Grace Athieng Wel is a current midwifery student at the Jonglei Health Sciences Institute.

In October 2019, the current batch of midwifery students were posted to the pre-natal clinic at Bor State Referral Hospital to do examinations on pregnant mothers. Very quickly they discovered that many of the components of the World Health Organisation’s antenatal care recommendations were not being implemented so the students began by taking the blood pressure measurements for the pregnant mothers. They made sure that all the women who came to the clinic were properly checked.

Bor (where the JHSI is situated)

The pregnant mothers at the clinic were amazed and kept asking the students if they were from Bor or if they had been brought in from some other town. One of the women said that she had had four of her babies at the hospital but had never been looked after so well. She appreciated the students for making a special effort to educate them about danger signs during pregnancy. Grace was asked whether she had been trained in Kenya or Uganda and was able to explain that she was being trained in Bor. She was also asked about what motivated her to be different from the other staff.

Grace was happy to share her life story with the patients – how she always wanted to be a midwife since she was a young girl and saw a woman in her neighbourhood dying during childbirth. As she grew, she saw how difficult it was for women to access quality maternal health or child health services. Her prayer was that God would enable her to become a professional midwife one day. Many of her friends in Bor told her that it was impossible unless she had the money to travel to Juba or Uganda to get midwifery training. So when she heard of the Jonglei Health Sciences Institute starting it was an answer to her prayers. At the JHSI Annual Student Retreat, she testified how her faith was strengthened through her answered prayers. She is confident that one day she will be equipped to care for pregnant mothers and provide them with competent and loving care. She will serve and shine as a lamp in this remote war-affected region of Africa. As she testified, ‘God is good all the time and his promises never fail.’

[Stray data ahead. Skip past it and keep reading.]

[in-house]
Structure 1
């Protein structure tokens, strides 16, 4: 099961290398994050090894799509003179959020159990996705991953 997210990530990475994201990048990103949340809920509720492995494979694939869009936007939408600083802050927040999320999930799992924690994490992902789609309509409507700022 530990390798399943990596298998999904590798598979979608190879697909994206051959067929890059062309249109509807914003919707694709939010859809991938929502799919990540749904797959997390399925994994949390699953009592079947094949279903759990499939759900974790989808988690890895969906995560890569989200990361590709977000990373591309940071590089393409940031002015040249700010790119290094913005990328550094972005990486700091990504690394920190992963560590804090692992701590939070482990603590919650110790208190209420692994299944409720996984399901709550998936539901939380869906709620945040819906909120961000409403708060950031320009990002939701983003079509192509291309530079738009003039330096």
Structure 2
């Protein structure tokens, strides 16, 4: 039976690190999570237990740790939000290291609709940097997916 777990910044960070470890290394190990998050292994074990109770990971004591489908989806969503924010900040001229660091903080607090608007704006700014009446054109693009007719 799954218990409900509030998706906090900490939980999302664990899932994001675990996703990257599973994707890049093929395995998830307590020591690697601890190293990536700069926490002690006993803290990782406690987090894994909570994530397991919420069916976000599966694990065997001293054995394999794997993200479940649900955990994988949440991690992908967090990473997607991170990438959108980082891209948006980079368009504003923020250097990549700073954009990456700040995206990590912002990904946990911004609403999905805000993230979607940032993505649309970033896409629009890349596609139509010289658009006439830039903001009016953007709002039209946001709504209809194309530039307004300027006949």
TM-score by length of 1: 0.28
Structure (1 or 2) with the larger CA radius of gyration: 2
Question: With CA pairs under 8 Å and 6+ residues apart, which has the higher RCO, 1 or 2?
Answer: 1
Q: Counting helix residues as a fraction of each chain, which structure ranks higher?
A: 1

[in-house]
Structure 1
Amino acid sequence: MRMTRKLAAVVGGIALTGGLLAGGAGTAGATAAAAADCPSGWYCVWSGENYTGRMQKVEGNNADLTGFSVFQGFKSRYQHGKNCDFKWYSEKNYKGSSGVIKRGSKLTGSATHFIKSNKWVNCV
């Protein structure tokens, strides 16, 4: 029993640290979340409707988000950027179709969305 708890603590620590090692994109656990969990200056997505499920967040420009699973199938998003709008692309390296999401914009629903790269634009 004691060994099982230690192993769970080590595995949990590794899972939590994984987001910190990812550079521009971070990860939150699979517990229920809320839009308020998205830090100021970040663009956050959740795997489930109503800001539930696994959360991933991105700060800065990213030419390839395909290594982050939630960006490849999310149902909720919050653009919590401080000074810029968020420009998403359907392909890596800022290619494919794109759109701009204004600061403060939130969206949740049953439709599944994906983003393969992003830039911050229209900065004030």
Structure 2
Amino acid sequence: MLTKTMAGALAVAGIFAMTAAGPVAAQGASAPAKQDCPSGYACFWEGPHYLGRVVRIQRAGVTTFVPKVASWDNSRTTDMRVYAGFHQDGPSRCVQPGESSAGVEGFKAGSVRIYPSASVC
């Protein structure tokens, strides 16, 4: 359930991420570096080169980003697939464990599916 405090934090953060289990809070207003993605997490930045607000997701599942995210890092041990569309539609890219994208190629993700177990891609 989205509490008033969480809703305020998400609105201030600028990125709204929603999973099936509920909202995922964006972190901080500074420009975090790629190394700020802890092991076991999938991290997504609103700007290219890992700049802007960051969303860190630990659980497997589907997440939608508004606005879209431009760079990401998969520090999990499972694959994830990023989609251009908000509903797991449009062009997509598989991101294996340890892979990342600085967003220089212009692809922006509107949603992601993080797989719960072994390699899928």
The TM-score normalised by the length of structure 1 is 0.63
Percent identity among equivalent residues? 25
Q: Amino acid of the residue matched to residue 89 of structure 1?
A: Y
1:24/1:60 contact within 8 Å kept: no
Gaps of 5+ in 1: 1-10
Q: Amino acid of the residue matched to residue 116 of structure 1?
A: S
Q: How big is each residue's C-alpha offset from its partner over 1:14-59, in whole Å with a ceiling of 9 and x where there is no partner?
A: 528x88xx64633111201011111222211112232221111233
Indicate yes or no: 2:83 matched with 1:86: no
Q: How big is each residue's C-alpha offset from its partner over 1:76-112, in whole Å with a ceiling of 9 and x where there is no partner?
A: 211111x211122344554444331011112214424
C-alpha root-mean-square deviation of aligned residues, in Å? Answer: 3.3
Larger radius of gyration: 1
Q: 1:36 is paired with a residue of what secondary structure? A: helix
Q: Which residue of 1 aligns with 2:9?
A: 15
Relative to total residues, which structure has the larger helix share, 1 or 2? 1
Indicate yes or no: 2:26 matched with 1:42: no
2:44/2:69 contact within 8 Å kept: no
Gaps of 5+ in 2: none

Anil’s comment: This short testimony was told by Grace Athieng Wel during the Annual Student Retreat held at the end of October. We try to include an element of discipleship in our healthcare training programmes as we have an opportunity to speak into the lives of these precious young people. As the students proceed through the many challenges and struggles they face, they are confronted with the reality of God and learn more of His goodness. Our prayer is that they will become leaders in their community and also in the local church. Grace will be 23 years old when she graduates and will serve as a midwife for another 35 years. Over the course of her career she will touch the lives of at least 10,000 women and their children. One is reminded of the medical missionary Helen Roseveare’s contributions in the Democratic Republic of Congo where she trained similar health workers.

Please lift up both Jane and Grace in your prayers as they serve in midwifery. Pray that Jane would be able to continue to equip her peers with midwifery skills and that Grace would thrive in her studies.